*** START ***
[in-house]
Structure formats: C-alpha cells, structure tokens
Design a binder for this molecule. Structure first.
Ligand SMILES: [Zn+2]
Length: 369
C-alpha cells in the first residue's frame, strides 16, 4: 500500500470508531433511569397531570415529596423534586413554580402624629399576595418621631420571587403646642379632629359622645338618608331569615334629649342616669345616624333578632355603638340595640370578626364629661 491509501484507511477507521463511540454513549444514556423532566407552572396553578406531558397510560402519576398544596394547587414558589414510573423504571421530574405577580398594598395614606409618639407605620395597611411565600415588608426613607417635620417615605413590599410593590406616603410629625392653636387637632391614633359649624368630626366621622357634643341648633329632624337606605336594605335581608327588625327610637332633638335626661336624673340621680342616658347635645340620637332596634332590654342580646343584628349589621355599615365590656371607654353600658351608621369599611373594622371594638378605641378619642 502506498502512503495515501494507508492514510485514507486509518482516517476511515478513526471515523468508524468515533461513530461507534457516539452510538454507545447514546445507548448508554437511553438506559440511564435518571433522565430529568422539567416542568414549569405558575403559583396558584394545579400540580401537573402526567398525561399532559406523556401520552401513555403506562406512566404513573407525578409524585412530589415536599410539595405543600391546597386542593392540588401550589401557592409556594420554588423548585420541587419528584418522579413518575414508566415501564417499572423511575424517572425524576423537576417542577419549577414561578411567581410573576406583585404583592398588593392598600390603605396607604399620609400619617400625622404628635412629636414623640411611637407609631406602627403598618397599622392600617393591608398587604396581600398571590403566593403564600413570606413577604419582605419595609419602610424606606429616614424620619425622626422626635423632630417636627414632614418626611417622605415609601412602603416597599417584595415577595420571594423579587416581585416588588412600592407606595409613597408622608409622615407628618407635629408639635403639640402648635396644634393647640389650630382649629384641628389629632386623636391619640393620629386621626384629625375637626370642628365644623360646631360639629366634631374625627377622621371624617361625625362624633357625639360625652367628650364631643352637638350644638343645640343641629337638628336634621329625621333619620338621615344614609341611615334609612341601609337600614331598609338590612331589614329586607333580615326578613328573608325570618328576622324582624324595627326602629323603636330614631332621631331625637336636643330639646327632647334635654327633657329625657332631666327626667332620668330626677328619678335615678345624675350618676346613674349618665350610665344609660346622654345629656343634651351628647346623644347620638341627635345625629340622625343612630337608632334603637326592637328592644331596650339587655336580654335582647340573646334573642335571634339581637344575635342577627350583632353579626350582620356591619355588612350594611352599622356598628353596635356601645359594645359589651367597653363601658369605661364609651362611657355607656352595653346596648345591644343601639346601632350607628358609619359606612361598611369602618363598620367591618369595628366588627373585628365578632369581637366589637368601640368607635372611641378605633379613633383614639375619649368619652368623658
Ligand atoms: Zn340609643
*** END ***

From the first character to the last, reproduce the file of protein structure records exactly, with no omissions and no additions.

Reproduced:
[in-house]
Structure formats: C-alpha cells, structure tokens
Design a binder for this molecule. Structure first.
Ligand SMILES: [Zn+2]
Length: 369
C-alpha cells in the first residue's frame, strides 16, 4: 500500500470508531433511569397531570415529596423534586413554580402624629399576595418621631420571587403646642379632629359622645338618608331569615334629649342616669345616624333578632355603638340595640370578626364629661 491509501484507511477507521463511540454513549444514556423532566407552572396553578406531558397510560402519576398544596394547587414558589414510573423504571421530574405577580398594598395614606409618639407605620395597611411565600415588608426613607417635620417615605413590599410593590406616603410629625392653636387637632391614633359649624368630626366621622357634643341648633329632624337606605336594605335581608327588625327610637332633638335626661336624673340621680342616658347635645340620637332596634332590654342580646343584628349589621355599615365590656371607654353600658351608621369599611373594622371594638378605641378619642 502506498502512503495515501494507508492514510485514507486509518482516517476511515478513526471515523468508524468515533461513530461507534457516539452510538454507545447514546445507548448508554437511553438506559440511564435518571433522565430529568422539567416542568414549569405558575403559583396558584394545579400540580401537573402526567398525561399532559406523556401520552401513555403506562406512566404513573407525578409524585412530589415536599410539595405543600391546597386542593392540588401550589401557592409556594420554588423548585420541587419528584418522579413518575414508566415501564417499572423511575424517572425524576423537576417542577419549577414561578411567581410573576406583585404583592398588593392598600390603605396607604399620609400619617400625622404628635412629636414623640411611637407609631406602627403598618397599622392600617393591608398587604396581600398571590403566593403564600413570606413577604419582605419595609419602610424606606429616614424620619425622626422626635423632630417636627414632614418626611417622605415609601412602603416597599417584595415577595420571594423579587416581585416588588412600592407606595409613597408622608409622615407628618407635629408639635403639640402648635396644634393647640389650630382649629384641628389629632386623636391619640393620629386621626384629625375637626370642628365644623360646631360639629366634631374625627377622621371624617361625625362624633357625639360625652367628650364631643352637638350644638343645640343641629337638628336634621329625621333619620338621615344614609341611615334609612341601609337600614331598609338590612331589614329586607333580615326578613328573608325570618328576622324582624324595627326602629323603636330614631332621631331625637336636643330639646327632647334635654327633657329625657332631666327626667332620668330626677328619678335615678345624675350618676346613674349618665350610665344609660346622654345629656343634651351628647346623644347620638341627635345625629340622625343612630337608632334603637326592637328592644331596650339587655336580654335582647340573646334573642335571634339581637344575635342577627350583632353579626350582620356591619355588612350594611352599622356598628353596635356601645359594645359589651367597653363601658369605661364609651362611657355607656352595653346596648345591644343601639346601632350607628358609619359606612361598611369602618363598620367591618369595628366588627373585628365578632369581637366589637368601640368607635372611641378605633379613633383614639375619649368619652368623658
Ligand atoms: Zn340609643